During the altercation, about eight people gathered around the Officers yelling at them to leave. Schweiger reports plaintiff ran past him and jumped on McClennon’s back, “like she was trying to blanket McClennon.” Hofius “[told] her to get off him.” When she refused, Hofius sprayed her with mace, and Schweiger “grabbed [plaintiff] and pulled her up.” (Schweiger Dep. 43:10.)
With plaintiff out of the way, Hofius was able to handcuff McClennon and put him into Schweiger’s squad car. Hofius approached plaintiff and arrested her for obstructing legal process. (Hofius Dep. 16:21-22.)
For purposes of this motion only, the Court credits plaintiff’s version of the facts.
Officers Schweiger and Carroll took plaintiff to the Minneapolis jail. Seeing her knee was hurt, she was treated by a nurse and given a wheelchair. She was initially charged with obstructing legal process and held for 72 hours. The City of Minneapolis (the “City”) declined to prosecute.
After plaintiff’s release from jail, a doctor treated her for knee pain, and prescribed painkillers, anti-inflammatory medication, and physical therapy. Plaintiff eventually needed ACL surgery to repair her knee. She continues to experience difficulties from the injury which affect her ability to walk, run, and climb stairs. (Pl .’s Mem. Opp. Summ. J. 21.)
In March 2008, plaintiff asked the City for copies of the police records concerning her arrest. On April 2, 2008, the City Attorney’s Office gave her the public police report of her December 20, 2006, arrest. On November 14, 2008, plaintiff submitted a second document request seeking all “public and private data concerning her” arrest. (Compl. 29.) In February 2009, the City “fulfilled her request,” and provided her with twelve additional pages of materials. (Pl.’s Mem. Opp. Summ. J. 55.)
On December 19, 2008, plaintiff sued the City of Minneapolis, and Officers A, B, and C.  Plaintiff served the City with the summons and complaint that same day. She delivered the summons and complaint for each of the four individual defendants to the Hennepin County Sheriff on February 23, 2009. The sheriff served Schweiger, Carroll, and Kipke two days later, and served Hofius on March 25, 2009. Plaintiff amended her complaint on December 22, 2008, and June 30, 2009.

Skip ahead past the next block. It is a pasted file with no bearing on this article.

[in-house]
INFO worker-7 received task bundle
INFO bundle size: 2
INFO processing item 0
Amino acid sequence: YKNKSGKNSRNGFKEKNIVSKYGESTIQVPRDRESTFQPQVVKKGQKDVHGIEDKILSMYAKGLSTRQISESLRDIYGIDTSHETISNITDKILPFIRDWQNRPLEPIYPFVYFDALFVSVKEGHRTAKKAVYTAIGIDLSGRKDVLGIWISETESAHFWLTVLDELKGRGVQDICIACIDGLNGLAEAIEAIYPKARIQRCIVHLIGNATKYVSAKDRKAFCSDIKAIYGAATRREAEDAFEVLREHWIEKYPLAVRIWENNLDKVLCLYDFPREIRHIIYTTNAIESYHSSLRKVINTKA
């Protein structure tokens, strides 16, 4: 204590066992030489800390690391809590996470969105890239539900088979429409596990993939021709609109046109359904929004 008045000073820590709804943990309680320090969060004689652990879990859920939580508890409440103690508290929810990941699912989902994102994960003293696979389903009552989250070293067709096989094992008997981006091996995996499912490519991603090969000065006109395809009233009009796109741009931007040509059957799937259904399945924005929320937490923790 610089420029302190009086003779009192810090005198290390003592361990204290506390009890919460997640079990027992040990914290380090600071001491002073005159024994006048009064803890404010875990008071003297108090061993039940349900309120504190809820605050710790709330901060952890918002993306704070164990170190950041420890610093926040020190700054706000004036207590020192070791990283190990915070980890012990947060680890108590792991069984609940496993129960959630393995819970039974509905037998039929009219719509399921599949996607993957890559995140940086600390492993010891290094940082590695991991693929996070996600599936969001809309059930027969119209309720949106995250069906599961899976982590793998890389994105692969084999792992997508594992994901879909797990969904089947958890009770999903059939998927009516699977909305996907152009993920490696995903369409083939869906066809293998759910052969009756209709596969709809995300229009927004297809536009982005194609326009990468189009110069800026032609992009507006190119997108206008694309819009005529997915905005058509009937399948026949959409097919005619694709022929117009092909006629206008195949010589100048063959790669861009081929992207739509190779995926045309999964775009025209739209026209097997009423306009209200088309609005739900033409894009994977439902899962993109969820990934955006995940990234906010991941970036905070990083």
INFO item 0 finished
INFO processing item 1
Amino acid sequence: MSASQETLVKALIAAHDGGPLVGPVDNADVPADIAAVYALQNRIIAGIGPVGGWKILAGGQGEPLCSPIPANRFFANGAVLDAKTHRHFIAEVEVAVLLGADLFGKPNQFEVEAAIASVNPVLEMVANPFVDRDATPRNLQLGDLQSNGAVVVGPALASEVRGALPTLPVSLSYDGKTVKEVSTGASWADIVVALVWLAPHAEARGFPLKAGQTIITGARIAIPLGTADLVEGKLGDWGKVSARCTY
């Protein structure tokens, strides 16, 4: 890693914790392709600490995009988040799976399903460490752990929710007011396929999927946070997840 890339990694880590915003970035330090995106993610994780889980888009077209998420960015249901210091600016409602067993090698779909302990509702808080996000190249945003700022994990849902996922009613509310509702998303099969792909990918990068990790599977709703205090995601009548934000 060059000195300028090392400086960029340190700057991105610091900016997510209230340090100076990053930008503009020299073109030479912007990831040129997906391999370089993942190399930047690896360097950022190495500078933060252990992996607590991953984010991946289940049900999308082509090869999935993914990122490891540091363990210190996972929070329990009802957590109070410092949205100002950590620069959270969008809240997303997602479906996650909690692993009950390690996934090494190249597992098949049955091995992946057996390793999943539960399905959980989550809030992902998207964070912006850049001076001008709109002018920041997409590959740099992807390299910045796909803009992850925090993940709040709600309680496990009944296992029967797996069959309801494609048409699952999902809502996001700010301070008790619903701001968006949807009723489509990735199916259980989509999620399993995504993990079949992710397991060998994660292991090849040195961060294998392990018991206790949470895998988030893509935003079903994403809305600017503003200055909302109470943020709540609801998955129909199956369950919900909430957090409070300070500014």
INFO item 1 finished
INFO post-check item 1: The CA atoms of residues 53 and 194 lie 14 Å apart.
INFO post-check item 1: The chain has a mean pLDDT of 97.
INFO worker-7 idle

Plaintiff’s second amended complaint alleges the Officers used excessive force, in violation of 42 U.S.C. § 1983. She invokes the doctrine of respondeat superior to accuse the Officers and the City of common law battery and negligence. Finally, she claims the City failed to adequately respond to her public data request, in violation of the Minnesota Government Data Practices Act, Minn. Stat. §§ 13.03 & 13.04.
Defendants seek summary judgment arguing they are entitled to qualified and official immunity; that the statute of limitations has run on plaintiff’s battery claim; and that plaintiff failed to demonstrate any damages as required by the Data Practices Act. Plaintiff opposes defendants’ motion.
Summary judgment is appropriate when there are no material facts in dispute and the moving party is entitled to judgment as a matter of law. Fed.R.Civ.P. 56; Celotex Corp. v. Catrett, 477 U.S. 317, 322-23 (1986); Anderson v. Liberty Lobby, Inc., 477 U.S. 242, 250 (1986). The party opposing summary judgment may not rest upon the allegations set forth in its pleadings, but must produce significant probative evidence demonstrating a genuine issue for trial. See Anderson, 477 U.S. at 250.
Defendants claim they are entitled to qualified immunity. Qualified immunity shields officers from suit for official acts when their conduct “does not violate clearly established statutory or constitutional rights of which a reasonable person would have known.” Harlow v. Fitzgerald, 457 U.S. 800, 818 (1982). A court analyzes claims of qualified immunity applying a two-pronged test: the court asks whether defendant violated a constitutional right, and whether that right was clearly established when the violation occurred. Id. District courts may “exercise their sound discretion in deciding which of the two prongs” to address first. Pearson v. Callahan, 129 S.Ct. 808, 818 (2009).
Defendants acknowledge plaintiff’s “right to be free from excessive force is a clearly established right under the Fourth Amendment’s prohibition against unreasonable seizures of the person.” Guite v. Wright, 147 F.3d 747, 750 (8th Cir.1998). Defendants deny the Officers used unreasonable force and violated plaintiff’s constitutional rights. The Court agrees.